Despite these prevention schemes being put in action and followed to the letter, mastitis still occurs during lactation and needs to be treated. Apart from the fact that there are alternatives emerging, antimicrobials still represent the only approved treatment tools. Antimicrobials have been with us for a long time. Since their humble beginnings in the early 20th century (1909, Paul Ehrlich and 1928 Alexander Fleming), antibiotics have been developed and diversified in so many ways.
Today, we have plenty to choose from and this is where the problems start. Not all antibiotics can be (and are) used for the treatment of mastitis in dairy cows. There is a lot to consider when making a decision on which antimicrobial, or which combination of antimicrobial substances to use in a particular case or on a particular farm. Moreover, mastitis can be treated with antibiotics applied by intramammary infusion, parenteral application or with the combination of both, not forgetting supporting therapy, of course. The following article considers some of the boxes that need to be checked in the decision making process:
Which nemesis are you facing? This question will determine how a pathogen will be approached in treatment. There are more than 200 different organisms that can cause mastitis listed in scientific literature (Blowey and Edmondson, 2010). These are generally divided into environmental and contagious groups, although recent studies show that this distinction is not all together clearly defined, since strains within the same species can act differently (Zadoks and Schukken, 2006). Moreover, the treatment of bacteria, which are the most common agents causing bovine mastitis will depend on whether they belong to a G+ or G- group.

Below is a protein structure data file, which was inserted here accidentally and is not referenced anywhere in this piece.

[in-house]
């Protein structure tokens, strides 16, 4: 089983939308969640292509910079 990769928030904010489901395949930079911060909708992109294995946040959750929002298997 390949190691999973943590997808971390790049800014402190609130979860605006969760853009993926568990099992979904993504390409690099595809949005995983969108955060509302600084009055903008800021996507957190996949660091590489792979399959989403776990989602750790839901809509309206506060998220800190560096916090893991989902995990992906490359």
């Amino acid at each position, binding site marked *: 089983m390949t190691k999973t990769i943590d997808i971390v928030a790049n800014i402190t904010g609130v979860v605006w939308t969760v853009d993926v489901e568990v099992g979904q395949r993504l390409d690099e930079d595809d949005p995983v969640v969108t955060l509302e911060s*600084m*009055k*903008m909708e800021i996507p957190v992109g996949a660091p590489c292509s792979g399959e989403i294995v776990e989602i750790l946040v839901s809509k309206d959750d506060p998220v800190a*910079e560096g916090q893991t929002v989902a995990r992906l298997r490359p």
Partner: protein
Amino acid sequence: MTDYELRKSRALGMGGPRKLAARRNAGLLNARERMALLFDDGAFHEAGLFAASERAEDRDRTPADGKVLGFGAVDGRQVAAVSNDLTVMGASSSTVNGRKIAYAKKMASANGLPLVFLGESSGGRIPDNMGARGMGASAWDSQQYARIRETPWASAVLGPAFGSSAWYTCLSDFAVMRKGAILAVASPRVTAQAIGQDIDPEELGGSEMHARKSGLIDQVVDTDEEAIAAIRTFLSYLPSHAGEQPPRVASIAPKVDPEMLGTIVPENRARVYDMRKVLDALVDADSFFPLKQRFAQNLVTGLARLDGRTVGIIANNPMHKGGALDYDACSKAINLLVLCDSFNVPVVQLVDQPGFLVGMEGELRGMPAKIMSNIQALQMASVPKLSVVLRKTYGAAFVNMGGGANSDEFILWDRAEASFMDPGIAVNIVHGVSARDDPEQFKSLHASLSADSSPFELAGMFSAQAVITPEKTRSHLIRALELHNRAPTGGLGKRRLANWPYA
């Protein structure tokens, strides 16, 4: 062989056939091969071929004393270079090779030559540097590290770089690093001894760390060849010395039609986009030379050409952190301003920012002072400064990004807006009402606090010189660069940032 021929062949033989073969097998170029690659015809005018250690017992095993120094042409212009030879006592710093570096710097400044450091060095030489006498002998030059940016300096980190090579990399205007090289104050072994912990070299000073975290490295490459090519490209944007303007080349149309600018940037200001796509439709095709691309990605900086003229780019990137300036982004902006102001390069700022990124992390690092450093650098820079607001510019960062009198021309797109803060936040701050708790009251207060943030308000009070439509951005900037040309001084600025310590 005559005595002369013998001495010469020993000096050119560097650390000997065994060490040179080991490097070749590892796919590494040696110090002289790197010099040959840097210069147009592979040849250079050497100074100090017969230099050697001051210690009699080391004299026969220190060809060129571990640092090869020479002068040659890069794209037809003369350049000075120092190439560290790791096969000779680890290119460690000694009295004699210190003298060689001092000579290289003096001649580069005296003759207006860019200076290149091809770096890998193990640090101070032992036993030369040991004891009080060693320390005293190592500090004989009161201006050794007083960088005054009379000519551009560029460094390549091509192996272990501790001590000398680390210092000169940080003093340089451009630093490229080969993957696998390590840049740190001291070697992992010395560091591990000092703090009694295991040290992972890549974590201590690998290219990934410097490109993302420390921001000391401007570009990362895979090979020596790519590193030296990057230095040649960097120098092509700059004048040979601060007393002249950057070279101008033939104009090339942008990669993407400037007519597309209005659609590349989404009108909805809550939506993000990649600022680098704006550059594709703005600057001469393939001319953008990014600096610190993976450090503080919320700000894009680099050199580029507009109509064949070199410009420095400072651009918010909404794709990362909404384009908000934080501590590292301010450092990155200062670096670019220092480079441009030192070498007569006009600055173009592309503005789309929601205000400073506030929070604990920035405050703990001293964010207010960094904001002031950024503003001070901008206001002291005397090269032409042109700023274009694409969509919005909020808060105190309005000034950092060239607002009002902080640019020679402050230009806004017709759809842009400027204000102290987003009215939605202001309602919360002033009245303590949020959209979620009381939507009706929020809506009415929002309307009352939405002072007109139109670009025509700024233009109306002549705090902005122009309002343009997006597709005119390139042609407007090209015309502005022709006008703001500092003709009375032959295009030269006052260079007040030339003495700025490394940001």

Gram negative (G-) bacteria are generally more resistant to antibiotics compared to Gram positive (G+) ones. This is due to their distinctive envelope structure. G- bacteria have three layers: outer membrane, peptidogylcan cell wall and inner membrane. It is the outer membrane which Gram positive bacteria do not possess, making them more susceptible to antibiotics. This is why treatment strategies can be different. For example, mild cases of E. coli (G-, environmentally predominant agent) can be resolved without antibiotics (anti-inflammatory treatment, frequent milking and fluid therapy), while cases of S. aureus (G+, predominantly bacteria causing contagious mastitis), primarily due to its residing places within the udder, require more and more prolonged use of intramammary antibiotics, or culling of the infected animal if it is for the better of herd health.
Antibiotic activity and resistance
Is a pathogen antibiotic resistant or susceptible? This information is of utmost importance, although sometimes not readily available. All treatments should be performed upon receiving antibacterial susceptibility test results. In practice, this takes time and because mastitis cases often require a prompt response, the use of broad spectrum antibiotics is advised, at least as a first response treatment.